Our tickets from the canal tour also included tickets to Tivoli Gardens. What we thought was a beautiful garden, ended up being a garden and an aquarium, and an amusement park. Actually…a 175 year old amusement park. This is obviously where the lack of research caught up to us. If you’re coming on a family trip, this is definitely a must-see.
Finally, we hopped on a train and 30 minutes later we were in Malmö, Sweden. Malmö was exactly like everything I had read. It is a small art city, which is popular with young adults. Because of this, there isn’t too much to see or do. We arrived just before 5pm, so finding a place to eat was pretty easy. However, soon the whole square was occupied by folks who had just gotten off work and were meeting friends and co-workers for a drink.
The place we ate at was back-to-back with other restaurants surrounding Lilla Torg. Since it wasn’t too cold out, all of the restaurants offered outdoor seating. Some even had blankets and fire pits. Across the square from the restaurants were adorable and authentic Swedish stores with the ever popular hand-painted dahlia horses and wooden clogs.
Day 3: On our last full day exploring Copenhagen, we did as the Danes do. We rented bikes from our hotel and rode all around the city, making stops at…
Rosenborg Castle– A summerhouse for King Christian IV
The King’s Garden– This 30 acre park is the oldest in the city, at over 400 years old.
Christiania– also known as “Free Town,” for it’s eccentric way of life. I had read somewhere that photo would make people paranoid, so I didn’t. Looking back, I should have! Think brightly colored spray paint on buildings, and the faint hint of marijuana in the air. This is definitely not a place recommended for kids. We stumbled upon it on the way from the church. But, to be honest, I’m glad we were able to see what it was all about.
Church of Our Saviour– a church that allows you to walk to the very top via a staircase…on the outside of the building. Not for the faint of heart, this historic 1695 church tops out at 295 feet. Only the last 150 steps of the spire are outside, but there is no elevator to the top…just wooden stairs.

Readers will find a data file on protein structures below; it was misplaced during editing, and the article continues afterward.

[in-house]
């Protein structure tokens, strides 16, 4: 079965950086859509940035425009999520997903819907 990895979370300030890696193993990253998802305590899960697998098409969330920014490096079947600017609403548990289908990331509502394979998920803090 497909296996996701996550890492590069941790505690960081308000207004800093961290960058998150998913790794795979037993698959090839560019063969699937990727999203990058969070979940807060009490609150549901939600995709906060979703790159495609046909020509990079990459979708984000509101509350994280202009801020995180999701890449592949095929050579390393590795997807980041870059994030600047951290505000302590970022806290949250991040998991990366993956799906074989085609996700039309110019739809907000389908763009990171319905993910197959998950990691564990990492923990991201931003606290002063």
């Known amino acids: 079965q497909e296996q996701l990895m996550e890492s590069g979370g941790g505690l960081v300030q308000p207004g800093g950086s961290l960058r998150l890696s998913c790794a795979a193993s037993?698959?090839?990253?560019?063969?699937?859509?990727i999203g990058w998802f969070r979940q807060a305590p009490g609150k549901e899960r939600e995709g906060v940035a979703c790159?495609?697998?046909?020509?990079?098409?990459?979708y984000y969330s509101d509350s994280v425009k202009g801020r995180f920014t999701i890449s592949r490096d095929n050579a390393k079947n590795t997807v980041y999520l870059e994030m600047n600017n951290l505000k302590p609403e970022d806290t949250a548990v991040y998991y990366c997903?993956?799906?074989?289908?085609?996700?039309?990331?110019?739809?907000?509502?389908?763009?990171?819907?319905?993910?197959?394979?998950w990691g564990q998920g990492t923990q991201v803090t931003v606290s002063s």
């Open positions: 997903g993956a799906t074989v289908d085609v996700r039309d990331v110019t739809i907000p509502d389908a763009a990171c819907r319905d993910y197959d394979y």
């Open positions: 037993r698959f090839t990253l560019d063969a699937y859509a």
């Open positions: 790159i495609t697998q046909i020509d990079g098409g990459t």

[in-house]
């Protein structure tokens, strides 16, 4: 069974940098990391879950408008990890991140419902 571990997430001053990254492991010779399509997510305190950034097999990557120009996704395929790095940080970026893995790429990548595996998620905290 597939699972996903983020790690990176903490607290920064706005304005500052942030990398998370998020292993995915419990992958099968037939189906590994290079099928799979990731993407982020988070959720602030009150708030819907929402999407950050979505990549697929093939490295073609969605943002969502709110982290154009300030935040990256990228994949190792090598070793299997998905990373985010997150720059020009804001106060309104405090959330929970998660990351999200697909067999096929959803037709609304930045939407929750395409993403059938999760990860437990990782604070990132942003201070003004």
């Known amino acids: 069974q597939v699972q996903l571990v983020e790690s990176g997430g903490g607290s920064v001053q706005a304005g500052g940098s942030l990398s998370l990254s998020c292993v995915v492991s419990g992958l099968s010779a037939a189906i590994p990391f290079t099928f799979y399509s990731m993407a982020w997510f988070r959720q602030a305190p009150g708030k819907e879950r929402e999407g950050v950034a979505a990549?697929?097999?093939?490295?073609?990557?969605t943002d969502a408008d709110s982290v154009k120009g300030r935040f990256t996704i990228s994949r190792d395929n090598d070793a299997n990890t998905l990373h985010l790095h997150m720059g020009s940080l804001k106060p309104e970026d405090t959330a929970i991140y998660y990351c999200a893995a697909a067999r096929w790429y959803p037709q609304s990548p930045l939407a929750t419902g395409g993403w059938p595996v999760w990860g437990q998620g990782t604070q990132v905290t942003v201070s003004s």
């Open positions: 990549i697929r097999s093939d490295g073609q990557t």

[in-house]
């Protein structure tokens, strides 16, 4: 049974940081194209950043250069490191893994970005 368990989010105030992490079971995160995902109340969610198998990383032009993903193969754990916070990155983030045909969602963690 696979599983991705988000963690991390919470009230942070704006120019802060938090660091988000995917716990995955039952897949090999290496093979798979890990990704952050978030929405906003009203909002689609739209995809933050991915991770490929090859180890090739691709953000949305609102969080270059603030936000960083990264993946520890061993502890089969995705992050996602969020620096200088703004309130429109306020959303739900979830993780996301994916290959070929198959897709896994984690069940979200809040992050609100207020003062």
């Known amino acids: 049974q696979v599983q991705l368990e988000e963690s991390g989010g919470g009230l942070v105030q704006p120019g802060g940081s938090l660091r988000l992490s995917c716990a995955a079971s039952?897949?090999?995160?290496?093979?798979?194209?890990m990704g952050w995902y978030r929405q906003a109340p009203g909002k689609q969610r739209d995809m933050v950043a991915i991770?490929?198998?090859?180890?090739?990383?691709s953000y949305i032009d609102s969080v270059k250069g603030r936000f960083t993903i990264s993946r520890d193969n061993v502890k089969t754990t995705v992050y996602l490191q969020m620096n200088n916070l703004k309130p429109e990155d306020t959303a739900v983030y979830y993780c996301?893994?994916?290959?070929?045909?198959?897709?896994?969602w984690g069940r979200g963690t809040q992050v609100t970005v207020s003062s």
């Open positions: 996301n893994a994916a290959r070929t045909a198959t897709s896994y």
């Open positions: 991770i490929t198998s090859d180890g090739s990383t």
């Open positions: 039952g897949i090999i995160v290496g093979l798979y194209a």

Broens Gadekokken– a delicious little spot just over the all-pedestrian bridge with food trucks and a beautiful view of the water.
Strøget– the long stretch of shops that is only open to pedestrians.
In Copenhagen, you will find that there are more bikes than cars on the road. Even coming from the PNW, I had never seen such well thought out bike lanes. Here, bikers are treated with the utmost respect because they truly rule the road.
Pro tip: If you do go for a bike ride in Copenhagen, study up on the turn signals!
Day 4: Finally, on our last day in Denmark, we took an excursion to see three beautiful and historic Danish castles.
Our first stop of the day was Kronborg Castle, which was the muse for Shakespeare’s Hamlet. From the side of the castle that touches the water, you can see Sweden on a clear day.
The second stop of the day was Fredensborg Palace. This stunning place is still a residence for the current Danish royal family.
Lastly, we stopped at Frederiksborg Castle, which was first opened in 1620. This was by far my favorite not only because of the detail that went into the castle, but also because of the stunning garden attached.
Next stop- IRELAND!
Bonus: Here is a short video of our time there!